A one-kilometer long march of workers celebrated May Day in Bangkok, the capital of Thailand. A moderate estimate puts the number of participants on the rally at 60 to 80.000 workers. No doubt this was the biggest workers march on May Day for decades. More important was the fact that this time the May Day rally was organized without the support of the government. It was also probably one of the most combative ones. The driving force behind this massive gathering is the two-month old struggle against the privatization of the Electricity Generating Authority of Thailand (EGAT). The bulk of the demonstrators came from this protest movement.
Nevertheless the demo was representative of a wider layer of workers and poor farmers on the move in Thailand. Organizations of urban poor and the slum communities were actively present. Dam construction victims mixed with farmers and many private sector workers who support the anti-privatization drive. The ongoing protest against the privatization is also strengthening other unions such as the textile and garment unions. More generally this May Day rally shows a general strengthening and new confidence of the Thai labour movement which is putting itself at the head of the anti-privatization protest and has the potential to unite all the oppressed and poor of Thailand. That's the meaning of the nine-point program of demands presented at the May Day rally.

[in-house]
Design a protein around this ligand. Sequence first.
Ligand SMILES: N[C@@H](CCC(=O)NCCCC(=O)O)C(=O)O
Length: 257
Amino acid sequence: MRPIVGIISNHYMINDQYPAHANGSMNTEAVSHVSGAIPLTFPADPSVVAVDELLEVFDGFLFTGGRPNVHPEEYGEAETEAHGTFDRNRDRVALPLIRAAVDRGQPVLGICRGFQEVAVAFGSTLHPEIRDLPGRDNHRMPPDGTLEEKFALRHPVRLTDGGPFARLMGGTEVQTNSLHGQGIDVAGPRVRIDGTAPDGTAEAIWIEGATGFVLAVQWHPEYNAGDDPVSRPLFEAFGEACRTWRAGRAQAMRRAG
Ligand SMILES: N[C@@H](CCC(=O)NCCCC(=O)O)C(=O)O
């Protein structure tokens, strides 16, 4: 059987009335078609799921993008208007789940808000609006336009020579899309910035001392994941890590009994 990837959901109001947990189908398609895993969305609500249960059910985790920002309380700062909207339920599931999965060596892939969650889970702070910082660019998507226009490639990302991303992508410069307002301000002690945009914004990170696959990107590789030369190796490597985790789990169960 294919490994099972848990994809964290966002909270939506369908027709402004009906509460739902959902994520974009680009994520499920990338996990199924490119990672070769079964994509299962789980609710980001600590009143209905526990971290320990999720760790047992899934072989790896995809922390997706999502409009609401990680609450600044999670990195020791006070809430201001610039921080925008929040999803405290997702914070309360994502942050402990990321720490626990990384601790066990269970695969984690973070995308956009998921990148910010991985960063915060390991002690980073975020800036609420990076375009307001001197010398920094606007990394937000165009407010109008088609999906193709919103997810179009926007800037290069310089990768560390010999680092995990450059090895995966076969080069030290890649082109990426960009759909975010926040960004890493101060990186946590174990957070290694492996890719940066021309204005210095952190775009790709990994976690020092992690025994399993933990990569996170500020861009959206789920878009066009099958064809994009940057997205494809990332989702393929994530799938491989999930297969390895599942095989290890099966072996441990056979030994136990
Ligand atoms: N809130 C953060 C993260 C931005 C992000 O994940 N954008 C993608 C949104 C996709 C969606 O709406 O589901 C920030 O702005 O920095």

The growing consciousness of the Thai workers is also reflected in the slogans carried at the demo. The main banner - a 10-meter high vertical red flag - carried a clear message: 'Workers Unite Against Global Capitalism'. The international character of workers' struggle was highlighted by the presence at the May Day rally of a representative of the South African union Cosatu and also of delegations of international campaigns like 'Our world is not for sale' and 'Fair Olympics'.
The mood of radicalization and increased commitment by the workers was reflected in the final speeches.
Lek Yimpraset of the Thai Labour Campaign stressed the need for increased sacrifice of the workers: 'I know you are very warm (the temperature was 37 degrees Celsius), that you are hungry and you are tired, but if you cannot tolerate it for one day to bring the success of our demands, we will be tired, starving and defeated all our life'.
Somsak, the leader of the electricity workers concluded by warning the government: 'This time we come out for one day, but next time we come to the government house. That means we want to go back home then'.